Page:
Restrepo explains that the Colombian stock market does not have the depth to mark a correct price for companies in a context of crisis such as the current one. It is a market with very few participants, where it is difficult to have high marketability. There are hardly any people who buy and sell shares as a method of saving or speculation. The Antioquia union and its way of doing business was a way to stay afloat without being swallowed up by the great fortunes of the country. “The Antioquia business class is responsible for the development of the country, for the environment. Gilinski does not have these standards of community good ”, Restrepo ditch.

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From Antioquia they recognize that they have not been quick enough to look for investors who could avoid an operation like this. Or that they have been delayed in listing on more packaged exchanges, such as the one in New York. But his defense is to ensure that stocks will rise in the medium term and that in the long run there will be a solid profit. There they distrust Gilinski’s methods to take over their companies by force, with two companies created 12 months ago and with a capital of 250 dollars. Only Sura, for example, has an equity value close to 7,000 million dollars. The guarantees of the real bank adhere to the takeover bid, but not to a hypothetical civil liability. The group has felt unprotected by regulators and the government itself, which in a situation of financial prostration like the current one, they believe, should set limits.

Behind this hostile takeover are old squabbles. Bancolombia, the jewel of the Sura group, is at the center of the dispute, again. We must go back a quarter of a century. In 1997, the Gilinskis turned Banco de Colombia into one of the main financial entities in the country. The Colombian Industrial Bank, of Antioquia, kept 51% of its shares in exchange for paying the Gilinski 418 million. The entities merged, and from there Bancolombia was born. Later, the sellers showed their discomfort at how the operation had developed and brought to justice that part of the payment had been made with the investors’ own money, something that the other party denied. In the end, the banker lost, he was left without any stake in the merged bank. There are those who see in the current Opa an amendment by Giliiski to what happened then.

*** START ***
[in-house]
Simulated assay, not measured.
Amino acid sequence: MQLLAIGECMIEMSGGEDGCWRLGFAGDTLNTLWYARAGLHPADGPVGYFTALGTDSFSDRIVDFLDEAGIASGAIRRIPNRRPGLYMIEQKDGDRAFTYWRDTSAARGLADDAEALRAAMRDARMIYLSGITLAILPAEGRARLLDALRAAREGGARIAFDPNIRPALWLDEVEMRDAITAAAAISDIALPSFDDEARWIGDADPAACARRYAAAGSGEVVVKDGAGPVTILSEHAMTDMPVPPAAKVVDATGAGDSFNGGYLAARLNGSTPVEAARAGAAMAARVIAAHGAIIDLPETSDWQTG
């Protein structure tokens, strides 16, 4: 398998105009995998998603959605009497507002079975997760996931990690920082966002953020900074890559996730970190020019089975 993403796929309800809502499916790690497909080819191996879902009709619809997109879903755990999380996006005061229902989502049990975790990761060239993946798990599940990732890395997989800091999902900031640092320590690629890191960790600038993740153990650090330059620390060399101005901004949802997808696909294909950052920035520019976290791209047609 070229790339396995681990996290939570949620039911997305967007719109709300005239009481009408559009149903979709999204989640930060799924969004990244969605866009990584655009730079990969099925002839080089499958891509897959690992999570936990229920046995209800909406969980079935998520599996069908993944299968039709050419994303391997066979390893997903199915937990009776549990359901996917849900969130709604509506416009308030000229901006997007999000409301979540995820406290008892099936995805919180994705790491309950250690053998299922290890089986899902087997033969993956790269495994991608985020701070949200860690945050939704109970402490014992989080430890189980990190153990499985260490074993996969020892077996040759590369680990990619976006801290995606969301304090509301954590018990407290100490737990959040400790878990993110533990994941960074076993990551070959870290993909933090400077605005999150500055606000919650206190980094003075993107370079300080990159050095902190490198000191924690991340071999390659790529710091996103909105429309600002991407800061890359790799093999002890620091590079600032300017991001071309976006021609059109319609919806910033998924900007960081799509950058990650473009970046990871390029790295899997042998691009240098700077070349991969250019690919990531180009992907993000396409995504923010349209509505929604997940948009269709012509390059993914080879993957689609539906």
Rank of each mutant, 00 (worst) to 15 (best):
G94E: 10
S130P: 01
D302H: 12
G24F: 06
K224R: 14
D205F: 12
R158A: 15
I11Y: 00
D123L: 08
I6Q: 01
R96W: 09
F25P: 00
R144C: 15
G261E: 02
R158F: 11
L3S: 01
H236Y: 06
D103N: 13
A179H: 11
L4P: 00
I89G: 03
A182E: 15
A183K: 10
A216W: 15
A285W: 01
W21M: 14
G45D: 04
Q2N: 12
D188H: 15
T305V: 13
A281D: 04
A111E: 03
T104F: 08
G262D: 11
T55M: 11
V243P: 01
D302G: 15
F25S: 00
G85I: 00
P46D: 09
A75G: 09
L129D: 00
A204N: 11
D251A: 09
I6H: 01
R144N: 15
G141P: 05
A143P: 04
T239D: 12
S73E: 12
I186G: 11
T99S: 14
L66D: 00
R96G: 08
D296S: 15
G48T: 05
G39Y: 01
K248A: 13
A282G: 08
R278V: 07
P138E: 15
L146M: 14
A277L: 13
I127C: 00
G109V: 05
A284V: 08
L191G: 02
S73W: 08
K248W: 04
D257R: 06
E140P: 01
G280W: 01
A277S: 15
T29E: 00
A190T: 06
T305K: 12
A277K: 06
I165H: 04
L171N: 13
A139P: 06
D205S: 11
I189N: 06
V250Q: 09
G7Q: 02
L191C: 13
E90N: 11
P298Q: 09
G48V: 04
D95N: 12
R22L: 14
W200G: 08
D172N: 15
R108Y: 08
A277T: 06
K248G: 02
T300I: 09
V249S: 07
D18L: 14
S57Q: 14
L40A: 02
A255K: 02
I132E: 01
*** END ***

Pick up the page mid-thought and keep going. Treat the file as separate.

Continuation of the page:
The battle between the parties has been transferred to the press. “The takeover bid for Nutresa: expectation for what would be the business deal of the year,” titled Semana last week. The magazine, once a journalistic reference, has belonged to the Gilinskis for more than a year. La Silla Vacía, a medium with less history, analyzed the 70 pieces of information that the magazine had published to conclude that the medium spread that the Opas were a big business and that Antioqueños are the villains in all this mess. Semana counterattacked by assuring that the GEA has financed the independent journalism of the Chair, something that was known because the media publishes its accounts every year. The confrontation has escalated on all fronts.

When Gilinski bought Semana, Colombians remembered him again. People had forgotten him because he was focused on his business abroad. Now, it definitely takes center stage. The banker wants to reign in Colombia and, incidentally, fix his past mistakes.

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George Holan

George Holan is chief editor at Plainsmen Post and has articles published in many notable publications in the last decade.